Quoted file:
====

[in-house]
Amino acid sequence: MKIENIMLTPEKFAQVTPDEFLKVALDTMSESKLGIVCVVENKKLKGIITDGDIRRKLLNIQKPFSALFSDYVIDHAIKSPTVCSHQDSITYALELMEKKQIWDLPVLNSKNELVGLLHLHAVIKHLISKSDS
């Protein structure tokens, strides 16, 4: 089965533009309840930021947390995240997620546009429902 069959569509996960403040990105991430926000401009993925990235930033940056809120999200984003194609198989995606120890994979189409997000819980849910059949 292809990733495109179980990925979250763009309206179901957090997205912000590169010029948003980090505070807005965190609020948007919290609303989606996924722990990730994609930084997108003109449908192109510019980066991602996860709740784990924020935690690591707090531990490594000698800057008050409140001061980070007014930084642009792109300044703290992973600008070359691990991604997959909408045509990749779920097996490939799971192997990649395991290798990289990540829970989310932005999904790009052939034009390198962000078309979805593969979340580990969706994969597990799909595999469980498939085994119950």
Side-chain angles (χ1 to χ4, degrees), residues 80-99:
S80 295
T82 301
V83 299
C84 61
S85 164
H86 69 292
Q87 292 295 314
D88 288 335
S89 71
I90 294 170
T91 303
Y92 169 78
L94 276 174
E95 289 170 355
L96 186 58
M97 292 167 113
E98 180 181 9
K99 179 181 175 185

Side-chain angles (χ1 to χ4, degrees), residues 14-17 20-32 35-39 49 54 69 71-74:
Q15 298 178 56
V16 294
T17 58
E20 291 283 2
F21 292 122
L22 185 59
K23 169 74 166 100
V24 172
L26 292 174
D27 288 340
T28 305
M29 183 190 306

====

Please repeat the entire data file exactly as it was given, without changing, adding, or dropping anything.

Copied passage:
[in-house]
Amino acid sequence: MKIENIMLTPEKFAQVTPDEFLKVALDTMSESKLGIVCVVENKKLKGIITDGDIRRKLLNIQKPFSALFSDYVIDHAIKSPTVCSHQDSITYALELMEKKQIWDLPVLNSKNELVGLLHLHAVIKHLISKSDS
């Protein structure tokens, strides 16, 4: 089965533009309840930021947390995240997620546009429902 069959569509996960403040990105991430926000401009993925990235930033940056809120999200984003194609198989995606120890994979189409997000819980849910059949 292809990733495109179980990925979250763009309206179901957090997205912000590169010029948003980090505070807005965190609020948007919290609303989606996924722990990730994609930084997108003109449908192109510019980066991602996860709740784990924020935690690591707090531990490594000698800057008050409140001061980070007014930084642009792109300044703290992973600008070359691990991604997959909408045509990749779920097996490939799971192997990649395991290798990289990540829970989310932005999904790009052939034009390198962000078309979805593969979340580990969706994969597990799909595999469980498939085994119950």
Side-chain angles (χ1 to χ4, degrees), residues 80-99:
S80 295
T82 301
V83 299
C84 61
S85 164
H86 69 292
Q87 292 295 314
D88 288 335
S89 71
I90 294 170
T91 303
Y92 169 78
L94 276 174
E95 289 170 355
L96 186 58
M97 292 167 113
E98 180 181 9
K99 179 181 175 185

Side-chain angles (χ1 to χ4, degrees), residues 14-17 20-32 35-39 49 54 69 71-74:
Q15 298 178 56
V16 294
T17 58
E20 291 283 2
F21 292 122
L22 185 59
K23 169 74 166 100
V24 172
L26 292 174
D27 288 340
T28 305
M29 183 190 306